On trade and economic policy, we need to do three things. First, we need to work together to ensure that the World Trade Organization ministerial meeting in Cancun in September is a success, to keep the Doha Development Round of negotiations on track for completion in 2004. Second, given that we still have a number of difficult disputes to manage—such as over foreign sales corporations, steel and GMOs (genetically-modified organisms)—we need to work harder than ever to promote WTO-compatible solutions. And third, we must advance the positive agenda on trade—nitty-gritty issues, such as advancing electronic tendering for procurement contracts and solving trade disputes before they go into the WTO process. On all these issues, we need to make real progress by the time of the next EU/US summit in June.

There has been plenty of talk recently—and in both the EU and US—about the need to insulate trade and economics from the war. Of course. But we have to make that happen. It is not a question of crossing our fingers, but of rolling up our sleeves.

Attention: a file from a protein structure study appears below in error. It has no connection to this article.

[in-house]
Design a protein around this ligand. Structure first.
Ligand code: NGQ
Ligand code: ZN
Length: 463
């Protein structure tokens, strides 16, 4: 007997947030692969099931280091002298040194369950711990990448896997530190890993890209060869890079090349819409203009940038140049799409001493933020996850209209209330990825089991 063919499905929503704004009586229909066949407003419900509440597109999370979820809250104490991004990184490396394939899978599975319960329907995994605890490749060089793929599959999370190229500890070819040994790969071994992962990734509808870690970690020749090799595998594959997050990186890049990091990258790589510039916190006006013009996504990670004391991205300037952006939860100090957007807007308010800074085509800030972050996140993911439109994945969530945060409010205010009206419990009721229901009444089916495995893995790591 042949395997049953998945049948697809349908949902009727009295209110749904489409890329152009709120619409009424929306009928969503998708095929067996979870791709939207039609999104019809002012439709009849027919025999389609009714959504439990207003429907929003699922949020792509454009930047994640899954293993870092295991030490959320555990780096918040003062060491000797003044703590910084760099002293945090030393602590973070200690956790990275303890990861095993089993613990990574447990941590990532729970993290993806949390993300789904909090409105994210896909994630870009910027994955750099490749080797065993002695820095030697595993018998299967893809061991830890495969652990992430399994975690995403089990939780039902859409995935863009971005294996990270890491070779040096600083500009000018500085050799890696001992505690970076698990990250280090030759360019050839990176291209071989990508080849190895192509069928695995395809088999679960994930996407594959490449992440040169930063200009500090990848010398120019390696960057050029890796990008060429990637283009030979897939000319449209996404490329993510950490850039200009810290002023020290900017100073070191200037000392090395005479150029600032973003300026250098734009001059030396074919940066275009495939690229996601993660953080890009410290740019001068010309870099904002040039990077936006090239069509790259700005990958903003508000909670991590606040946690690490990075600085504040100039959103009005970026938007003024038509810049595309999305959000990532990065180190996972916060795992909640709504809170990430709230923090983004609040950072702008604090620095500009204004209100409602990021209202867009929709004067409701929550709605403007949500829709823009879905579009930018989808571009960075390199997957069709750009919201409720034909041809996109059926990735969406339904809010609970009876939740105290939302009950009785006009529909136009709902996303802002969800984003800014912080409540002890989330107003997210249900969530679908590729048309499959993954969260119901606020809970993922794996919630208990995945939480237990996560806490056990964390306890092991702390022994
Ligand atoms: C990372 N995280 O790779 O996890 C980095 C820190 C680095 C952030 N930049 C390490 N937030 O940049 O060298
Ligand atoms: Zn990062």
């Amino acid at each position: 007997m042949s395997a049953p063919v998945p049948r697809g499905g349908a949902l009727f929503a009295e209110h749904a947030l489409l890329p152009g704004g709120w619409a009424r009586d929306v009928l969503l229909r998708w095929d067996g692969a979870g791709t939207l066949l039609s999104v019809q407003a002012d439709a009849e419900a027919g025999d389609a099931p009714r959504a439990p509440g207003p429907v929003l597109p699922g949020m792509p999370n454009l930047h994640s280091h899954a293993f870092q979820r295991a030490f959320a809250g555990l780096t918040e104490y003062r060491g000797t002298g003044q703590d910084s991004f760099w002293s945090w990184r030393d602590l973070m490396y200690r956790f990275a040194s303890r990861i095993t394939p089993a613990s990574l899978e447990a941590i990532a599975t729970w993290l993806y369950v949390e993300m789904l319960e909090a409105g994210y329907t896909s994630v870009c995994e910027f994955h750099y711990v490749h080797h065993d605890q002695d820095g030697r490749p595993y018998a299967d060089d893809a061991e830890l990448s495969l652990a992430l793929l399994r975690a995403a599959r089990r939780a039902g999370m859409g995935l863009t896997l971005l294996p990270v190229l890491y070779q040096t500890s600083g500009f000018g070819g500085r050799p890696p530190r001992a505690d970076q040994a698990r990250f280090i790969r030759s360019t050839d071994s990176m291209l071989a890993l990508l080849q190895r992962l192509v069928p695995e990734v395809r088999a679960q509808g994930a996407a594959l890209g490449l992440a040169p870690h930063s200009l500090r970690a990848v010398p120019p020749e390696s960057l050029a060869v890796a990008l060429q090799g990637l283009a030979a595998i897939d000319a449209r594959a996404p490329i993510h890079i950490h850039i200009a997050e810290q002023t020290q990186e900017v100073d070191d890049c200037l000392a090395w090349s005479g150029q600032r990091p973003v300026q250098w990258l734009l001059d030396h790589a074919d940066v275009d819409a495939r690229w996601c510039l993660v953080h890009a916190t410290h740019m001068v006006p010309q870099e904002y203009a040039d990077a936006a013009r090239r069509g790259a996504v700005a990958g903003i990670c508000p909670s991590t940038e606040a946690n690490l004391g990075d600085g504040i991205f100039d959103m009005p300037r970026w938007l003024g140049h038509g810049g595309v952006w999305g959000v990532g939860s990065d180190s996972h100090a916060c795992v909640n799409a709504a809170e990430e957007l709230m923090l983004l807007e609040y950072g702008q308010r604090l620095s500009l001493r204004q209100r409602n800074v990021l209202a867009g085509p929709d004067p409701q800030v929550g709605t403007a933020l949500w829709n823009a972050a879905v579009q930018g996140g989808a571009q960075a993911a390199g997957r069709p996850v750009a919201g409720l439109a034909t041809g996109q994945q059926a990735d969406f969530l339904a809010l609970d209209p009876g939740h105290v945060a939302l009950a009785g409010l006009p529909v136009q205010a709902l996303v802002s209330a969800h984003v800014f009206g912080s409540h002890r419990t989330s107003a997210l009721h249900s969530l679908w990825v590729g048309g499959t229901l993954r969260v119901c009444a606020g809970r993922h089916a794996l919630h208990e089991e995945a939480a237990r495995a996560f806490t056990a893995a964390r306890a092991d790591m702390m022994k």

We write this article as citizens of two countries, France and Britain, that find their own relations strained and unsettled by current events, just as the transatlantic link is under stress. Our simple appeal is that people on all sides of the debate over Iraq should put away their megaphones, acknowledge how much unites us across the Atlantic and recognize our shared responsibility to provide international leadership.

In Europe, the stark realities made so clear in the current crisis must give new impetus to the work underway to deepen the EU, and especially to the search for a common and foreign security policy worthy of the name. At the same time, Europe and America must redouble their efforts to strengthen the imperfect but necessary system of international governance.

Cooperation between Europe and the US was never an optional extra. This remains true on both sides of the Atlantic.